5 types of sex determination (male or female) in animals. There are the XY sex-determination system, XO sex-determination system, ZW sex-determination system, haplodiploidy, and environmentally dependent sex-determination system.
Here is a list of interesting determination of sexes of animals (meaning multicellular organisms with some form of neurological function, reproductive function, and having specialized sense organs):
Just as a note, a typical human has one X chromosome from the mother, and either an X or a Y chromosome from the father. Therefore, a human will have two chromosomes (either XX or XY) unless there is a mistake when the chromosomes separate during meiosis. An XX genotype denotes a female human, whereas an XY genotype represents a male human.
1. XY sex determination: In all mammals and some other animals, an individual is either XX (female) or XY (male). This is what we typically learn in high school.
2. XO sex determination: In animals such as grasshoppers, there is no Y chromosome. Therefore, females are XX, whereas males are XO. The “O” means that there is no chromosome—the male grasshoppers have only one X chromosome. Therefore, the males' sperm can either carry an X chromosome or none whatsoever, with a 50% probability of either choice.
3. ZW sex determination: In animals such as birds, the order of the “X” and “Y” chromosomes is switched. Therefore, a female bird would be “XY” and a male bird would be “XX”. But because it is confusing to call these chromosomes X and Y, Z and W are used instead. As a result, males would be ZZ and females would be ZW. Z chromosomes are larger than W chromosomes, which is much like the X chromosome being larger than the Y chromosome. Also, in these cases, the egg decides the sex of the organism, and not the sperm.
4. Haplodiploidy: In animals such as ants, the number of sets of chromosomes determines the individual’s sex. When an egg is fertilized by a sperm, then the developed organism will be diploid, or 2n (two sets of chromosomes). The organism will then develop as a female. However, if the egg is not fertilized, then the organism will develop as a male. The male will be haploid (1n, with only one set of chromosomes).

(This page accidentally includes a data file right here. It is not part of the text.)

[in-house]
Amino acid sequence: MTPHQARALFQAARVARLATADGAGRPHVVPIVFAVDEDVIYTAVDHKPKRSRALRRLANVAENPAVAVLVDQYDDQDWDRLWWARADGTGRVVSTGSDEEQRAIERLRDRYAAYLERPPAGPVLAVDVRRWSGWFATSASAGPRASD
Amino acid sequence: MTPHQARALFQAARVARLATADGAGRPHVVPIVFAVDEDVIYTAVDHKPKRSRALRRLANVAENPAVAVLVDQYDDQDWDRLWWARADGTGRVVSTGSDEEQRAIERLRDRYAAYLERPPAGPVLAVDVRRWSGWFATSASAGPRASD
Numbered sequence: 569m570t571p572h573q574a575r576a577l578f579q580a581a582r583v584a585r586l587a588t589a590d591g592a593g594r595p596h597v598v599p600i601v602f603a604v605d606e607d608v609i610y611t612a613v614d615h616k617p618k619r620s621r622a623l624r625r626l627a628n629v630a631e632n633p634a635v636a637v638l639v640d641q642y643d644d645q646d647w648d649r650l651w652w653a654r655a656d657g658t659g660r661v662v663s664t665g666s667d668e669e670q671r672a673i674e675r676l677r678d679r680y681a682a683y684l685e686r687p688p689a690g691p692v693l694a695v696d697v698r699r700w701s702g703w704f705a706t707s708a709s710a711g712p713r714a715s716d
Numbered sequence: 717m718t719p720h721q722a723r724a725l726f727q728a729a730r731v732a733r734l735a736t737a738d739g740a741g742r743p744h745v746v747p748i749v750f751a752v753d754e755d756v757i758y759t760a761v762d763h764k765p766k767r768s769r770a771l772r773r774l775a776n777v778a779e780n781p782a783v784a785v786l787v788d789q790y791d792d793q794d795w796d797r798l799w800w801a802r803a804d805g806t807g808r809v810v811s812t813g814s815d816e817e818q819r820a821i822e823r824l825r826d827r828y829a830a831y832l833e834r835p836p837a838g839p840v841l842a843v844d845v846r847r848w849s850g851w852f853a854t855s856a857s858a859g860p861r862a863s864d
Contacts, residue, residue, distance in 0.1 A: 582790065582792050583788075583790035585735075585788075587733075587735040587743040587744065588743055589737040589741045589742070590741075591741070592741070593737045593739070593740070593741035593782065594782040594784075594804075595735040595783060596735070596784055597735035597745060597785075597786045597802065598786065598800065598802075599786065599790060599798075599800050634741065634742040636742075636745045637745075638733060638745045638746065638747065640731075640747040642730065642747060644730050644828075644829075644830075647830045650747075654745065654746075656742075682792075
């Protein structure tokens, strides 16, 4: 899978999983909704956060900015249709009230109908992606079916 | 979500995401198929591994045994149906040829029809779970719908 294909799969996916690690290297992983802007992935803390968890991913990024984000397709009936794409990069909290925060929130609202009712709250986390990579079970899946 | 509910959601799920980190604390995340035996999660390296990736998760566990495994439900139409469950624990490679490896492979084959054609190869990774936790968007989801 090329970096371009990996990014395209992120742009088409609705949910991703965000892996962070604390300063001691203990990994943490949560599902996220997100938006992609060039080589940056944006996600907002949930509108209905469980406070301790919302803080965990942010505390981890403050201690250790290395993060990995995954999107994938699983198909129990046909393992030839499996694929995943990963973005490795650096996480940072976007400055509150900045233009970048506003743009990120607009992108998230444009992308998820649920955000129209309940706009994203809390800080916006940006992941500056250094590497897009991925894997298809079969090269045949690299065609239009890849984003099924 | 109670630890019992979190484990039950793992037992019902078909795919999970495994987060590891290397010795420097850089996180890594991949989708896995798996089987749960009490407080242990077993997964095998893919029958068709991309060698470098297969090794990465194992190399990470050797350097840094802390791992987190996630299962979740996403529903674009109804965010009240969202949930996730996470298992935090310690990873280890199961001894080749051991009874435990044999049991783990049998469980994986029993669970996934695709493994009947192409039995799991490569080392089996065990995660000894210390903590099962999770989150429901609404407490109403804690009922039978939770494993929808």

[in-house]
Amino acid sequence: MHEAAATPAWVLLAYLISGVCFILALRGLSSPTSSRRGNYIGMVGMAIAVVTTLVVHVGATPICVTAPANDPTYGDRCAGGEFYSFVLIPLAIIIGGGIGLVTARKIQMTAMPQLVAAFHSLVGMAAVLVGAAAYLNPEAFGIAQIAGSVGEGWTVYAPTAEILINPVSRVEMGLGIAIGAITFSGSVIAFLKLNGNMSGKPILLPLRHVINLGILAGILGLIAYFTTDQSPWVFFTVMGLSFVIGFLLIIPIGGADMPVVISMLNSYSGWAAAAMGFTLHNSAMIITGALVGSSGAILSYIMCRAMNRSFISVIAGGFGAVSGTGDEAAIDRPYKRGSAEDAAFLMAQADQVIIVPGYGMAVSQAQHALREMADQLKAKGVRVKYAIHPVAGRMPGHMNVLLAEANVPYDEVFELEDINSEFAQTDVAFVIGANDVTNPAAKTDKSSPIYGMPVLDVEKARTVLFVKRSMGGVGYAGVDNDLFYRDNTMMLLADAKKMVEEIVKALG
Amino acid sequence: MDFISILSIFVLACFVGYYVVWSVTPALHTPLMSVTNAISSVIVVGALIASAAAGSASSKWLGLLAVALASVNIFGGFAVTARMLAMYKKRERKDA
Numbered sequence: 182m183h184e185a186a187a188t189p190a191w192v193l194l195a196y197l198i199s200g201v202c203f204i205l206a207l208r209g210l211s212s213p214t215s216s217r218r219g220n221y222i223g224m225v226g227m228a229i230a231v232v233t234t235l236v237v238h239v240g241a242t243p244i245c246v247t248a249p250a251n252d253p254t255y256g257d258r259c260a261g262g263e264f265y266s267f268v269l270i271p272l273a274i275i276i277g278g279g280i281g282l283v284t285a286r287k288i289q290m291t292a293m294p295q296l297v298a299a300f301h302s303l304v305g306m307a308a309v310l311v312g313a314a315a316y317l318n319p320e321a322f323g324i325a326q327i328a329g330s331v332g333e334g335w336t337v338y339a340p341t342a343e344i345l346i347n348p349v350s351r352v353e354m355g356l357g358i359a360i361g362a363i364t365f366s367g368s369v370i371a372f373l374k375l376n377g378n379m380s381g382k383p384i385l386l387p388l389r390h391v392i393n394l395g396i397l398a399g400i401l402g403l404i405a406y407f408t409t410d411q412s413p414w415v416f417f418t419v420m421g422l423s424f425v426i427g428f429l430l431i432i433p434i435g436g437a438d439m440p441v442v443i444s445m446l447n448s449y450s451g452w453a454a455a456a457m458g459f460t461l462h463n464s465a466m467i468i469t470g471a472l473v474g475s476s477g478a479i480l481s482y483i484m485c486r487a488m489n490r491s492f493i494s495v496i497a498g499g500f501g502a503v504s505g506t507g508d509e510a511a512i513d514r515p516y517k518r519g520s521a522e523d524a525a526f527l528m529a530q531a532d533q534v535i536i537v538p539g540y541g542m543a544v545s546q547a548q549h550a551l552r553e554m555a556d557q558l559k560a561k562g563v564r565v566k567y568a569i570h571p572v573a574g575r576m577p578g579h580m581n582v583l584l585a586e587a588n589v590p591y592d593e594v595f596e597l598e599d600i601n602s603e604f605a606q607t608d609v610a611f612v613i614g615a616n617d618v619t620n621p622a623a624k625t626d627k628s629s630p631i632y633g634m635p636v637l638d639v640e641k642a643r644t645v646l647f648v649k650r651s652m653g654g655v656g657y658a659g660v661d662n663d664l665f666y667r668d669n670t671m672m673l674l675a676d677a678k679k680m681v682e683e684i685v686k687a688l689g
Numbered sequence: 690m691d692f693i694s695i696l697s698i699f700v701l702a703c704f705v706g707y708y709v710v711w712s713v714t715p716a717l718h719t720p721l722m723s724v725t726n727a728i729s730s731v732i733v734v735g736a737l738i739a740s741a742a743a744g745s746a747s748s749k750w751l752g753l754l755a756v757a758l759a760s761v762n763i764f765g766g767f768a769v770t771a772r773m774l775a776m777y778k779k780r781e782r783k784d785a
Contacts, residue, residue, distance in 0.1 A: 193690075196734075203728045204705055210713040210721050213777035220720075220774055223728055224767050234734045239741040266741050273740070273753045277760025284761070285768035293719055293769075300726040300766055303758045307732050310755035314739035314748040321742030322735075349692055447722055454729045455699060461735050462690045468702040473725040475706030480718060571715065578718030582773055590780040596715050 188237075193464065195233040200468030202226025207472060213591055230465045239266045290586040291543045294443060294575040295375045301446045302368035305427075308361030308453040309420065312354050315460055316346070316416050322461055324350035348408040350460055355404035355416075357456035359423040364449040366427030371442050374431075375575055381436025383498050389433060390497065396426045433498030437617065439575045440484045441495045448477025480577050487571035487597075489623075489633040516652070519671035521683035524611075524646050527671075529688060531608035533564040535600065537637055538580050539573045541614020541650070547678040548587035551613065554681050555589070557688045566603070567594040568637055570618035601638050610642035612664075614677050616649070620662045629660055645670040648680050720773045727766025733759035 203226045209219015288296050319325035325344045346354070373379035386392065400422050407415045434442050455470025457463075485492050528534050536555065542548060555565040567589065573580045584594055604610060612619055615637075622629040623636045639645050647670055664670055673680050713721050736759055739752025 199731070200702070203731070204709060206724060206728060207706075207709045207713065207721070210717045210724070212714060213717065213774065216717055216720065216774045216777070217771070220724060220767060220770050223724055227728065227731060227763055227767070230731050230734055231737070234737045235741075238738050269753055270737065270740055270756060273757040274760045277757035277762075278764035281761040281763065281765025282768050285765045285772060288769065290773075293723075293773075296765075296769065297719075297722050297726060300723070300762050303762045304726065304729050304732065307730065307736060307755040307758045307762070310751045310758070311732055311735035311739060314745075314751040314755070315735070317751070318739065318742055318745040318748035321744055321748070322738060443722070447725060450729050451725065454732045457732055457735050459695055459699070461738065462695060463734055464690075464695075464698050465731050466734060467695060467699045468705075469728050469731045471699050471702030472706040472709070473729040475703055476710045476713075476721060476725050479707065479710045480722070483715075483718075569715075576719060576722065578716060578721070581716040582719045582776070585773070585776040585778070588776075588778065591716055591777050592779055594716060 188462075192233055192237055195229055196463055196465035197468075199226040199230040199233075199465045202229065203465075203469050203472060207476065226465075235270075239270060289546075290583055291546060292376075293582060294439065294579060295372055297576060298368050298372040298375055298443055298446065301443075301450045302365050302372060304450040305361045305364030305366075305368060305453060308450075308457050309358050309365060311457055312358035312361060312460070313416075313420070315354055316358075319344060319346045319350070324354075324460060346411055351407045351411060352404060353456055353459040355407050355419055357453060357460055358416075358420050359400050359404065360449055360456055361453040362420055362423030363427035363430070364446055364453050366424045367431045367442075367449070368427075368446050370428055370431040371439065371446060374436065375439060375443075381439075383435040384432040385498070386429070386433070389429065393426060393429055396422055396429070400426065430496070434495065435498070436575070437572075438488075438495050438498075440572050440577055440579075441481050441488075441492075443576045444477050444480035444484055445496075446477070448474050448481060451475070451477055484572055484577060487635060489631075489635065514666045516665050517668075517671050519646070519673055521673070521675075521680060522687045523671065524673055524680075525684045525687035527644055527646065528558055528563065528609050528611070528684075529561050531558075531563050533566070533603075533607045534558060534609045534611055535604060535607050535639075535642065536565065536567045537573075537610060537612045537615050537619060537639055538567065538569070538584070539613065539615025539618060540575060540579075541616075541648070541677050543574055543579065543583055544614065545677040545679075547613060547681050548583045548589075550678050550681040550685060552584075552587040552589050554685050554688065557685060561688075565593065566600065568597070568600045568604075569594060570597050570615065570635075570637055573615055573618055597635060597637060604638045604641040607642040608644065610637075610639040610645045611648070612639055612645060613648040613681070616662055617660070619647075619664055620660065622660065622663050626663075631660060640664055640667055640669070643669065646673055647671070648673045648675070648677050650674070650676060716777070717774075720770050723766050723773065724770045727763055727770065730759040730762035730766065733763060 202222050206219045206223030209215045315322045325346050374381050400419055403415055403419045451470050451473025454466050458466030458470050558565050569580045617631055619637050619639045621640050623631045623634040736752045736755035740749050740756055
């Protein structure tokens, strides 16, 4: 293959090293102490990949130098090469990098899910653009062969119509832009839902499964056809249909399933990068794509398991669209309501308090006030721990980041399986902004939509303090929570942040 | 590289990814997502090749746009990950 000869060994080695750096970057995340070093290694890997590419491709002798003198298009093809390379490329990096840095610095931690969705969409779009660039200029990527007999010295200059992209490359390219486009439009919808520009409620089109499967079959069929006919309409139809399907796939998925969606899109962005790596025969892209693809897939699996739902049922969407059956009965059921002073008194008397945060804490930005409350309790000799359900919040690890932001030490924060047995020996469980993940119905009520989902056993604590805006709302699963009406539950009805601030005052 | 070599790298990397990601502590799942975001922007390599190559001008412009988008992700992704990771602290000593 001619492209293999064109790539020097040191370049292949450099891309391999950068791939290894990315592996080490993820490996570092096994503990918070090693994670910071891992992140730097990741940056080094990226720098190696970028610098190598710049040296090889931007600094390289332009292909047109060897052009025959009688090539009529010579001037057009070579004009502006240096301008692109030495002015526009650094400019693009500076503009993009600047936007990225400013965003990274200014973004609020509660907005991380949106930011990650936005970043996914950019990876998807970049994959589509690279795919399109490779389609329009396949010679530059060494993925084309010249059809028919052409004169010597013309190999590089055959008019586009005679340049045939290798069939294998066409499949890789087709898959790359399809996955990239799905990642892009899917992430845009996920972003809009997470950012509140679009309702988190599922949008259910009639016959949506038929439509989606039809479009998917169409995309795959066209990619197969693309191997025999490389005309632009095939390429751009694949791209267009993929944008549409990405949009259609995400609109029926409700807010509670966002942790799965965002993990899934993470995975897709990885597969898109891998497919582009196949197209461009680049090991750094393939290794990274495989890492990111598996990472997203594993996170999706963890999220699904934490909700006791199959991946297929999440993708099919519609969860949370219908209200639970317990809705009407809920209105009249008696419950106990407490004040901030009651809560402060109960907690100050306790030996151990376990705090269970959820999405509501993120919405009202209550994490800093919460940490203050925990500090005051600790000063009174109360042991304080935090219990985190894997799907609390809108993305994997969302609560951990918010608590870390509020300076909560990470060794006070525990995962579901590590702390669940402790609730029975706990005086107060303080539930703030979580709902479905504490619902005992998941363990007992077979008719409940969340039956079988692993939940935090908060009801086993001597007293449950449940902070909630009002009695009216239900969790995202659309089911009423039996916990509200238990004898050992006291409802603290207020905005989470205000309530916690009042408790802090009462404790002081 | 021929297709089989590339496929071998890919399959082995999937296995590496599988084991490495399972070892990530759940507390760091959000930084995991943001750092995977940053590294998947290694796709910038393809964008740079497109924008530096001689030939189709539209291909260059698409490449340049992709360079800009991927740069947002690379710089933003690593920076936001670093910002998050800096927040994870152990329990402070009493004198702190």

5. Environmentally dependent sex-determination: In animals such as alligators, the temperature of the environment in which the eggs are raised in determines the sex of the individual. This is because at higher temperatures, the embryos in the eggs develop at a faster rate, and as a result, the embryo develops into a female. Contrastingly, in colder temperatures, the embryo develops at a slower rate and becomes male. Temperature, however, is not the only environmental factor that controls sex determination.
As can be seen above, the presence of X and Y chromosomes do not absolutely define the sex of an organism. With grasshoppers and ants, this is most certainly untrue; and with birds, it is the “opposite”. With some other organisms that have X and Y chromosomes, the sex of the organism is neither determined by the sperm nor the egg, but by the environment the embryo lives in. With that said, evolution has provided organisms a multitude of ways of determining whether an individual is male or female, with each method benefitting each species in unique ways.